Japanese Food in Japan
Lunch could be a plate of spaghetti with tomato sauce (originally Italian), hot bowls of rice with delicious, spicy toppings (originally Korean), or a steaming bowl of ramen noodles with soup (originally Chinese).
Today, more people are excited to experiment and explore each restaurant that just opened. Moreover, due to the lifestyle and trends, more people are eating out rather than cook at home. For instance: Recently, more and more Japanese restaurants have been opened around Malaysia. Every restaurant tries to bring up a new concept and originality to their brand. As the time goes by, people are more selective nowadays. They would like to choose a good quality food, with a good portion, with a good branding, and willing to pay with a reasonable price. There are some students are willing to pay high price for one meal because they want to try a new restaurant or a new cuisine with a good quality of the food. Thus, all restaurants have to try their best to meet the customers’ expectations. Besides that, they also have to recognize every aspect of their business has an impact on customer service because involve face to face customer contact and the supply in food has growing day by day. Each restaurant has to boost them self to improving customer service that involves making a commitment to learning what our customers’ needs and wants are, and developing action plans that implement customer friendly processes. The writer finds this issue interesting because nowadays people often ask the simple question like “Where are we going to eat? I love Japanese foods especially sushi. Where can I get a delicious sushi with ideal price, good service and good place to hang out?” When people decide to choose a Japanese restaurant, there are some factors that influence their decision making, such as customer’s emotion, satisfaction and brand loyalty. It is very important to know customer’s behavior in order to build a long term relationship. Therefore, the writer has chosen the title “An assessment of Sushi Zanmai Malaysia popularity among university college students.”
Globalization refers to the trend of countries working with each other through interrelationships in trading, cultural aspects, entertainment, and even education (Carroll 451). By making the world a global market, trading among different nations is made easier. Although globalization has been instrumental in connecting the world, the issue of global foods has been a subject of much interest as it impacts heavily on health and diet; indeed its impact on indigenous food cuisines is of great concern (Grew 211). In Japan, the food market is one of the sectors that have attracted globalization in a remarkable way. The Bluefin tuna for instance and the Sushi are products that have made Japan go global because many countries have become interested in these fresh fish diet from Japan. It has created a wide business base and network to the other countries, making it global trade (Bestor 78). The Japanese delicacy has created many interests from other countries after the realization that the prime blue fin tuna is more profitable and nutritious, and it attracts a large market demand. The price after being fished and when it was sold in the markets and kitchen stores had increased over the years due to its high demand (Bestor 87). Additionally, Sushi has developed a broad market following, as it is not only a Japanese cuisine, but there are numerous restaurants in other countries that have adopted this culture. Food creates the identity of people in that, when one interacts with other people from other cultures, he or she identifies different cuisines that they call their home food. These differences bring in cultural diversity, which is part of globalization. Indeed, food culture has been identified as a means of looking at global issues, since it is used to bring people together (Ceccarini 3).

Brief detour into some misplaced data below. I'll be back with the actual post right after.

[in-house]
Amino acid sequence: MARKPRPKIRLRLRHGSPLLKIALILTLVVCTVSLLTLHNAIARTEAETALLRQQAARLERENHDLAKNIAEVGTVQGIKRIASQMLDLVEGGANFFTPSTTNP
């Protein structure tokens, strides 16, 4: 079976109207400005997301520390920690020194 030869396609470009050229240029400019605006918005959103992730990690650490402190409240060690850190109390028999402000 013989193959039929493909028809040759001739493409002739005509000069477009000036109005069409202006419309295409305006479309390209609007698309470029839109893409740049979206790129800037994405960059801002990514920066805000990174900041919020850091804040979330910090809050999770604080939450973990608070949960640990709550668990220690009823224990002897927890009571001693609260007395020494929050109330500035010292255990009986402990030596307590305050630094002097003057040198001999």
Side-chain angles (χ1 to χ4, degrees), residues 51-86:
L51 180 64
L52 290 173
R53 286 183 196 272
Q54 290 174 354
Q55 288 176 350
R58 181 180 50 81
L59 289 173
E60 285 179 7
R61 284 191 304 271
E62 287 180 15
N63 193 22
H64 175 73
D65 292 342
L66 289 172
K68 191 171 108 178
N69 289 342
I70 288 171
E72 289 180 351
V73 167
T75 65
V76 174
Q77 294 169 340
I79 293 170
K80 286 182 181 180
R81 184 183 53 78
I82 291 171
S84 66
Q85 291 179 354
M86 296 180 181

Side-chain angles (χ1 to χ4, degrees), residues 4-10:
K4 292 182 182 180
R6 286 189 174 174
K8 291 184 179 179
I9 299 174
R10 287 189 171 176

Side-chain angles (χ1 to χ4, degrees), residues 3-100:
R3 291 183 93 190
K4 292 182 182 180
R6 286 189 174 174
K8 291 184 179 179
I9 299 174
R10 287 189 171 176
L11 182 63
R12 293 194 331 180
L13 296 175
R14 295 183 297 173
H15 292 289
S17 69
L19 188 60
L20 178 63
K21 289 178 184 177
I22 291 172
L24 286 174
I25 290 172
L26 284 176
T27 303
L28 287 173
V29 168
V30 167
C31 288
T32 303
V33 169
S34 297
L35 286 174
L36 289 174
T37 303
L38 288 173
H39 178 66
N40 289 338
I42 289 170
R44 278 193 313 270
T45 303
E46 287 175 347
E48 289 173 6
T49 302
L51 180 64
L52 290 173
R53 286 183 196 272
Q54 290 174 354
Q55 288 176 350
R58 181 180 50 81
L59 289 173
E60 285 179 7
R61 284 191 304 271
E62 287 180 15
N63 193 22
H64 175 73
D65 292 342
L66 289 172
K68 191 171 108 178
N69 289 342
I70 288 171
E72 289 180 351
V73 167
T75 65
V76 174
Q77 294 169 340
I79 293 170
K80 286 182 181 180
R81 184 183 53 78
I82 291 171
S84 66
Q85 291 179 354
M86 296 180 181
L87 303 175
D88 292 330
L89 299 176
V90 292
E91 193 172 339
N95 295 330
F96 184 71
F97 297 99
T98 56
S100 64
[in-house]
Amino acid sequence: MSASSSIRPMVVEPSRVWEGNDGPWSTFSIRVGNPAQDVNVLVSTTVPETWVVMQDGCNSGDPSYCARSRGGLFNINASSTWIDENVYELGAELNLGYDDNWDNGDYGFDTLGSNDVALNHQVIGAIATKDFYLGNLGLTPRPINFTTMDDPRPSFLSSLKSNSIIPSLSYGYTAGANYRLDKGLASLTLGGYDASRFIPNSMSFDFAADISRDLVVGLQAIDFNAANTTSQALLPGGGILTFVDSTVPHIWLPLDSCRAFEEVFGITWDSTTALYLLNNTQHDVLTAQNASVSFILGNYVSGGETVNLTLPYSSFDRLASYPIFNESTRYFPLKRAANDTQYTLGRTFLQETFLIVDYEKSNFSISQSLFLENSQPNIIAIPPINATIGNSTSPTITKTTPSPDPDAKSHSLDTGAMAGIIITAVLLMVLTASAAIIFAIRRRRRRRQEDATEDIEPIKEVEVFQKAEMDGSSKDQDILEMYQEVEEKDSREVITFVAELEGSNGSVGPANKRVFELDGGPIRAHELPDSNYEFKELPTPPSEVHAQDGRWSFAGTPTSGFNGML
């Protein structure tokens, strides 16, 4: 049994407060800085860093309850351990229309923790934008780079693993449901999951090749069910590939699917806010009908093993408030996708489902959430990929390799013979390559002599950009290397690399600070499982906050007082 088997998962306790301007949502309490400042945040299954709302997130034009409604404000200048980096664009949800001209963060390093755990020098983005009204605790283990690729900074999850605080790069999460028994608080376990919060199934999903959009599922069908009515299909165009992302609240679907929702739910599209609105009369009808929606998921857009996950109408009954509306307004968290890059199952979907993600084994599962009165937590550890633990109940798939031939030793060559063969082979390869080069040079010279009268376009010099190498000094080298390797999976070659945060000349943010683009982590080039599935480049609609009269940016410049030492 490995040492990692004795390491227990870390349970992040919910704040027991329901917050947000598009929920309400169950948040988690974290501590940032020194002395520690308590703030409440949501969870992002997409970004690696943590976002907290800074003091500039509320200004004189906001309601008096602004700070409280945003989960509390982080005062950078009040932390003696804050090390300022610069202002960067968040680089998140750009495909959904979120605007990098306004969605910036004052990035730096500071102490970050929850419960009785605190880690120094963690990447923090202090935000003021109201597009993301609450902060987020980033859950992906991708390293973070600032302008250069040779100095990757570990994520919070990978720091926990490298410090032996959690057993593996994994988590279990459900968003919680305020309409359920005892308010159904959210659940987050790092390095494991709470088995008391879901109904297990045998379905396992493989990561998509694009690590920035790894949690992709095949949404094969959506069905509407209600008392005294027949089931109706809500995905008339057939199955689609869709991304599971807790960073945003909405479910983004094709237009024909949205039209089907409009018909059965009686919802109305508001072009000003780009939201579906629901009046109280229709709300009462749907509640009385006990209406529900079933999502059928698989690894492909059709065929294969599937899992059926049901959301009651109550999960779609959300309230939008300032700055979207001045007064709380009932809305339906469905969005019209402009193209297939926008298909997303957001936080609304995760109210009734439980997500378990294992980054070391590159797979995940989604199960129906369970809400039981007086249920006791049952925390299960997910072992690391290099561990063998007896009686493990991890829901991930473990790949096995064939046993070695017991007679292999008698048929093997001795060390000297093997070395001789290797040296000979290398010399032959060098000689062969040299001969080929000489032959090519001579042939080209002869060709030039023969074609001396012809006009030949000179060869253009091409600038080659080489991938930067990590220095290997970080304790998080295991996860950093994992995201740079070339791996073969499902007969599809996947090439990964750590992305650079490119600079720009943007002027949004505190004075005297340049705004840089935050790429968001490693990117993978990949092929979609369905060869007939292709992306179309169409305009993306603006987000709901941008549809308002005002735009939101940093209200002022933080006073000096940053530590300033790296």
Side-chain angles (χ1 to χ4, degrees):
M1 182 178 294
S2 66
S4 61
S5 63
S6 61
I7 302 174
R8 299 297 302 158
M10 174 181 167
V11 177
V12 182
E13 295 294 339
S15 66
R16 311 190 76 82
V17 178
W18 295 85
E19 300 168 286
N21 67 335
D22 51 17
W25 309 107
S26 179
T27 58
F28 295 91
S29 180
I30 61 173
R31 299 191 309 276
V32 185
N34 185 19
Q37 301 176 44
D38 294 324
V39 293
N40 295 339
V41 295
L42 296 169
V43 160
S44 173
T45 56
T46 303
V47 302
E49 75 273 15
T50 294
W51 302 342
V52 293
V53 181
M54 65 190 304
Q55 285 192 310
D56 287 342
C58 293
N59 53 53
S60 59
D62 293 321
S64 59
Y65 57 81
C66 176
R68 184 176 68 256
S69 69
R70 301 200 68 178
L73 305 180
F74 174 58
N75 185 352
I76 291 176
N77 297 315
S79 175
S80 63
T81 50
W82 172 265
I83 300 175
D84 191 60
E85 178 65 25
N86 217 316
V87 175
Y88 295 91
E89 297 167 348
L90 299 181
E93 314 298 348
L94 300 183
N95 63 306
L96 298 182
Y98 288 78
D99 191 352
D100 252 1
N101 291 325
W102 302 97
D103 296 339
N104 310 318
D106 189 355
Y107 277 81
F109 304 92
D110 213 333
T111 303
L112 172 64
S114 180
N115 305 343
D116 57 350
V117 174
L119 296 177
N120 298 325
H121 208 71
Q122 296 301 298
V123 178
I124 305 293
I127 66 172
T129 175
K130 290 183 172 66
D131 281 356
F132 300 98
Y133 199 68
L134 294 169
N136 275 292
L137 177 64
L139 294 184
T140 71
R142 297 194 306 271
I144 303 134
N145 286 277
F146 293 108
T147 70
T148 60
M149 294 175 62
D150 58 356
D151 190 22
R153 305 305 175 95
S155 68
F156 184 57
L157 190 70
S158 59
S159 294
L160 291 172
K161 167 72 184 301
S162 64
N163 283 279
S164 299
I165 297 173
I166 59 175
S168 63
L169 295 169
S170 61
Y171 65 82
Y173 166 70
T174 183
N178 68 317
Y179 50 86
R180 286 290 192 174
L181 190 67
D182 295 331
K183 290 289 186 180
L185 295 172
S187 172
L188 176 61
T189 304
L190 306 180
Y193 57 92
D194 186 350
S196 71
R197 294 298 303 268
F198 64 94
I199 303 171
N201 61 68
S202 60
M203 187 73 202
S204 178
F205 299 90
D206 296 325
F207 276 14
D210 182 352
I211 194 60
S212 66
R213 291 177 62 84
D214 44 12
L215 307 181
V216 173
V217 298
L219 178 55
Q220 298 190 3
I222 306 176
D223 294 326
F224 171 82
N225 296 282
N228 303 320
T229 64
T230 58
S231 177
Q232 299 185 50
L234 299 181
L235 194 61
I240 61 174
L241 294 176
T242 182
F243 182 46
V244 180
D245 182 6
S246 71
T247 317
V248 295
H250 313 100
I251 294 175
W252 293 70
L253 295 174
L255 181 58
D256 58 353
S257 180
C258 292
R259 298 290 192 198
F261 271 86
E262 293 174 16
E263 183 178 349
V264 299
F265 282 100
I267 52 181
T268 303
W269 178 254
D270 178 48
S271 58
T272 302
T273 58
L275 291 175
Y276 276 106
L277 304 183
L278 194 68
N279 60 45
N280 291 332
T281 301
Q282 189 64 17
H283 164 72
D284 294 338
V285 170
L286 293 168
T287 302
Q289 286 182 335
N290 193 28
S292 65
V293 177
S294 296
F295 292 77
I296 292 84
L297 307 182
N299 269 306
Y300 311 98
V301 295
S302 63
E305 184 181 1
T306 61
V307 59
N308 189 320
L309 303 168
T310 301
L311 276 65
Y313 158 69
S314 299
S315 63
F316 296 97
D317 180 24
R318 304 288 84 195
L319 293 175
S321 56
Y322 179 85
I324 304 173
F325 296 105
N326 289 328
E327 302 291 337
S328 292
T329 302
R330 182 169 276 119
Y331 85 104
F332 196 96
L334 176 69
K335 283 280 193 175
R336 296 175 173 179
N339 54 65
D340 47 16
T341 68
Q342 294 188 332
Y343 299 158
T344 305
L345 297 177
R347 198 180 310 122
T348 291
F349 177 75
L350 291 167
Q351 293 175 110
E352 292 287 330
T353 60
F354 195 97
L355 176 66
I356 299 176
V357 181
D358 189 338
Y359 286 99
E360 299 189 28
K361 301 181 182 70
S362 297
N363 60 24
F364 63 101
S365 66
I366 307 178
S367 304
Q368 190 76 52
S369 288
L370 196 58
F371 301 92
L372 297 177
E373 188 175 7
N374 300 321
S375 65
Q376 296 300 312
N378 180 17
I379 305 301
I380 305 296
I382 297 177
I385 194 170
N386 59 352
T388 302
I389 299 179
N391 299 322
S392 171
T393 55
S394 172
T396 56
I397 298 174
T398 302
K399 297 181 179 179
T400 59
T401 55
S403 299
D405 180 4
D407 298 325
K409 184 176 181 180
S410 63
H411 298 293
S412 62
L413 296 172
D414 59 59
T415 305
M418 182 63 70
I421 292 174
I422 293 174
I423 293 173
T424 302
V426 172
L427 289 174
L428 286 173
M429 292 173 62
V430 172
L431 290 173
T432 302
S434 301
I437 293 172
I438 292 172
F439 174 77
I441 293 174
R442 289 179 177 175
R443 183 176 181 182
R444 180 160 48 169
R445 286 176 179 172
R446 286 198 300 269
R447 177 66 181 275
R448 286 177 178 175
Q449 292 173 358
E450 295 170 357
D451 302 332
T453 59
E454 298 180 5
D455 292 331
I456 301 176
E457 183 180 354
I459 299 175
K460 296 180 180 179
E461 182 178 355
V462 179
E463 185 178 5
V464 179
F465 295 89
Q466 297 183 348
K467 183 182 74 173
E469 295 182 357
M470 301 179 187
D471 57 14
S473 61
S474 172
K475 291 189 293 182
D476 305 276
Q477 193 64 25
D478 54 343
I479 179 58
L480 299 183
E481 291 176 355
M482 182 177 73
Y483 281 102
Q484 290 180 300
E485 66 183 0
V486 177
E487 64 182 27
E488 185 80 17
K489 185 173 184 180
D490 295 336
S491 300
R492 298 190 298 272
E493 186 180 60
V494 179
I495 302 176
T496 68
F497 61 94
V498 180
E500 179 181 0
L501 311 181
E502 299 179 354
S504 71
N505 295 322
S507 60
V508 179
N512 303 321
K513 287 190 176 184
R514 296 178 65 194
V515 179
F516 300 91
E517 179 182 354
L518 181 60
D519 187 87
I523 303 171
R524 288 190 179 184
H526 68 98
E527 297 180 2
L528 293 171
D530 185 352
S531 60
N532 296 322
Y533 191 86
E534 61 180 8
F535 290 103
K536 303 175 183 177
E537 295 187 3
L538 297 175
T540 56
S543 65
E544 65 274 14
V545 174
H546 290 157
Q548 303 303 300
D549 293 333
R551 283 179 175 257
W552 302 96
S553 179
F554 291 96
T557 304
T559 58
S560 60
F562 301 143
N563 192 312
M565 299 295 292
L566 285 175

Take your time to observe and savor this wonderful edible work of art presented to you and your friends for it is not just a meal that you are taking in your body. Rather, it is a short moment for you to commune with the Japanese chef’s country, its seasons, their philosophies and their beliefs, which have made their culture and traditions uniquely their very own.
Bestor, Theodore. “Supply-Side Sushi: Commodity, Market, and the Global City.” American Anthropologist, New Series 103.1 (2001): 76-95. Print.
Carroll, Walter. Sushi: Globalization through food culture. 2009. Web.
Ceccarini, Rossella. “Food studies and sociology. A review focusing on Japan.” Journal of Area-Based Global Studies 1.1 (2010): 1-17. Print.
Grew, Raymond. “The Globalization of Food.” Technology and Culture 52.1 (2011): 210-211. Print.
Traphagan, John and Keith Brown. “Fast Food and Intergenerational Commensality in Japan: New Styles and Old Patterns”. Ethnology 41.2 (2002): 119-134. Print.